Friday, May 5 at 5:00 p.m., a caller reported a black cat stuck about 12 feet up a tree at Hayes Lane and Grant Street. An officer confirmed there was a cat in the tree, and it had been there for hours. The animal control officer was not available at the time, so the Lexington Fire Department was notified. They declined a response.
Saturday, May 6 at 3: 00 p.m., a Raymond Street resident reported a raccoon in the yard looking for assistance. The responding officer reported the raccoon was in good health and had moved on from this property.
Tuesday, May 2 at 9:30 a.m., a Burroughs Road resident came into the station to notify the police that he was the victim of tax fraud. He stated an unknown party used his name and Social Security number to fraudulently file a tax return. He was notified of the incident on April 20 when he received a letter from the IRS notifying him they had received what appeared to be a fraudulent tax return filing. He verified with his accountant that he had not filed his return yet. His accountant filed for an extension on this resident’s behalf. He notified the IRS by phone, then confirmed they located the fraudulent filing and flagged the case in their system. The IRS is investigating this and requested that he notify the police to document the incident.
Tuesday, May 2 at 11:30 a.m., an Emerson Road resident came into the station to report she received a letter from the Massachusetts Unemployment Department regarding an unemployment claim. She had not applied to receive unemployment benefits. An unknown person had utilized her personal information to collect such funds. This is part of an active scam that has targeted numerous states. She has been advised that this is now on record with the police department, and she should visit the mass.gov website and fill out the fraud form. The state unemployment department is aware of this scam and has its fraud department dealing with this case.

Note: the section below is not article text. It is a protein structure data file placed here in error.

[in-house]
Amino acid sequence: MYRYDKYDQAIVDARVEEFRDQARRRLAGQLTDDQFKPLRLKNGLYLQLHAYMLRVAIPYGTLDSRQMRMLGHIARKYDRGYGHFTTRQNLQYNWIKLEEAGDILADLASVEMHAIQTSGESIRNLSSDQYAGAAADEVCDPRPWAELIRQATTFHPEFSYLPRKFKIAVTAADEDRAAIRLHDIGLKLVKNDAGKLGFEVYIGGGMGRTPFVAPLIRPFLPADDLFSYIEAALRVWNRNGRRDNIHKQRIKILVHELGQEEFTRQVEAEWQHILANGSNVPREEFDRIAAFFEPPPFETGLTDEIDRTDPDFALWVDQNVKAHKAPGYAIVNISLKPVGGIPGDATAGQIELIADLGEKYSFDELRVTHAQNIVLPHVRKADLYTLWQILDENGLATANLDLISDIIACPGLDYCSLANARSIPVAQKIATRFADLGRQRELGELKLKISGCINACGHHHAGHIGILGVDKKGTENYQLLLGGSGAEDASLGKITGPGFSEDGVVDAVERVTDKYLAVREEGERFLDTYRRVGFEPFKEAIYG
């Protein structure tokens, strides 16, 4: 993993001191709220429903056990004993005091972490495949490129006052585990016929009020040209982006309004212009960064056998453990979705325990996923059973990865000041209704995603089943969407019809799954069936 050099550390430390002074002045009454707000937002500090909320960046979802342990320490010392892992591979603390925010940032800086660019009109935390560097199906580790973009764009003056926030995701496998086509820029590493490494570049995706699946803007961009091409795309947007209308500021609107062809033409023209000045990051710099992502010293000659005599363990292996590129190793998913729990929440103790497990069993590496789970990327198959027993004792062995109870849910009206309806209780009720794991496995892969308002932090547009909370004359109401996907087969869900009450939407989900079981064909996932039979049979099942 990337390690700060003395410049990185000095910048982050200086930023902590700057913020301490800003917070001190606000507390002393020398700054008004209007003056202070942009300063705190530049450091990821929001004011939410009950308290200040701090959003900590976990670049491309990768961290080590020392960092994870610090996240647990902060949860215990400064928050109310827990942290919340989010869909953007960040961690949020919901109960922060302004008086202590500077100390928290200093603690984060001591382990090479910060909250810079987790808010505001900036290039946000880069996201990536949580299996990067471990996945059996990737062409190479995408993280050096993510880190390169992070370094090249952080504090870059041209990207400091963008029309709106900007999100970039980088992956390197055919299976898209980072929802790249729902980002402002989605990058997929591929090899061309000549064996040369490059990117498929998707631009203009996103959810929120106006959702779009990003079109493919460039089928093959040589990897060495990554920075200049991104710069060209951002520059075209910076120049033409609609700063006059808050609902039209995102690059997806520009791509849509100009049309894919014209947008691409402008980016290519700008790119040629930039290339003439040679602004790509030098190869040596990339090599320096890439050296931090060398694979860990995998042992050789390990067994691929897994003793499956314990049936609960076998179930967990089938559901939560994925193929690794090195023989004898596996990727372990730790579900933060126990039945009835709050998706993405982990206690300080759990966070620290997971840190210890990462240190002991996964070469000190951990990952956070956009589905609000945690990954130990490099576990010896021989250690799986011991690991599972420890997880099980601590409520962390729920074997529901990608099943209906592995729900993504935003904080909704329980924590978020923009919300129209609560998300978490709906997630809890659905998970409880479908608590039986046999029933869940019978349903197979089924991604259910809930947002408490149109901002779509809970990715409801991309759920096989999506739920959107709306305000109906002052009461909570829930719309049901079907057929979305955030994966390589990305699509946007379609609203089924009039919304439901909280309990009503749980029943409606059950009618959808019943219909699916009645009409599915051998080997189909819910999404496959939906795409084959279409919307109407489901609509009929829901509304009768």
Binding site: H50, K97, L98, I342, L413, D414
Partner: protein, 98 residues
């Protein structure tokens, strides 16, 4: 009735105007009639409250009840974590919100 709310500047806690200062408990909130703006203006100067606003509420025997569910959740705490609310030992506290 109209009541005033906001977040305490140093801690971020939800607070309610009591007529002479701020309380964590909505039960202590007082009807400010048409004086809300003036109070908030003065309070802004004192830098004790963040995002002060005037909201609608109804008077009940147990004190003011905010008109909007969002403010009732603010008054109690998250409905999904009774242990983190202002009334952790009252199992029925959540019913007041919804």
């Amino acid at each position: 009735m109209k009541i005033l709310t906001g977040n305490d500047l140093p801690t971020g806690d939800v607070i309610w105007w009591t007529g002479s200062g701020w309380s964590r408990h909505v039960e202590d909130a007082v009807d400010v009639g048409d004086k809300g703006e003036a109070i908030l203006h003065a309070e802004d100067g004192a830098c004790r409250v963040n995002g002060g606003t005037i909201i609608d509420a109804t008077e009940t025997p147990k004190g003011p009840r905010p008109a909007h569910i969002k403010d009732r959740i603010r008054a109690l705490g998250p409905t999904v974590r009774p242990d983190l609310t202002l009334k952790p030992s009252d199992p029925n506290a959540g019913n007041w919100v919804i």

*During this past week, six more Lexington residents were victims of similar unemployment scams.
Tuesday, May 2 at 2:55 p.m., a Tyler Road resident came into the station to report she was the victim of a check washing scheme. According to her, four of her checks were stolen and washed for over $20,000. She mailed the checks using the USPS mailbox located in Countryside Plaza at the intersection of Woburn Street and Lowell Street. She reported the incident to Bank of America, who flagged and closed this account.
Thursday, May 4 at 9:55 a.m., a James Street resident reported an unknown person attempted to open a Capitol One credit card account using his information on May 3. He contacted his credit card company along with his credit union regarding this matter, and there was no monetary loss at this time.
Thursday, May 4 at 4:20 p.m., A Sanderson Road resident came to the station to report a check he sent in the mail by a postal box on Mass Ave. was fraudulently changed and $17,862.62 was withdrawn from his account. He notified Bank of America, and they are investigating the incident.
*A long-time Lexington resident shared the following account of fraud. She wanted to remind people to keep receipts and check monthly statements.
“When I was last at a Burlington restaurant, I used my credit card to pay my bill. When the charge appeared on my credit card statement, I noticed that the amount was $50 more than I had charged, and I knew I hadn’t left that generous amount for a tip. I presume that after signing my bill/receipt, it was altered from $30-something to $80-something. I contacted my credit card company, and they started a fraud investigation and put a temporary $50 credit in my account. A month later I received the following: “We’ve completed our initial investigation of your disputed transaction and have found it in your favor. This means we’ll reverse the temporary credit on your account and apply a credit adjustment. You will not be charged for this transaction, including any related interest or fees.”
*Facts from AARP’s Fraud Watch from the March 2023 issue of the AARP Bulletin. From: Six Ways to Foil Check Washers
#4: “Don’t let delivered mail sit in your mailbox. Grab your mail every day, as close to the delivery time as possible. If you’ll be away, ask a trusted friend to collect it or have the post office hold it until you’re back home.
The Lexington Police Department updates its incident log on Monday mornings. LexObserver coverage is a sampling of significant incidents and is not an exhaustive list. The full logs are available for public viewing.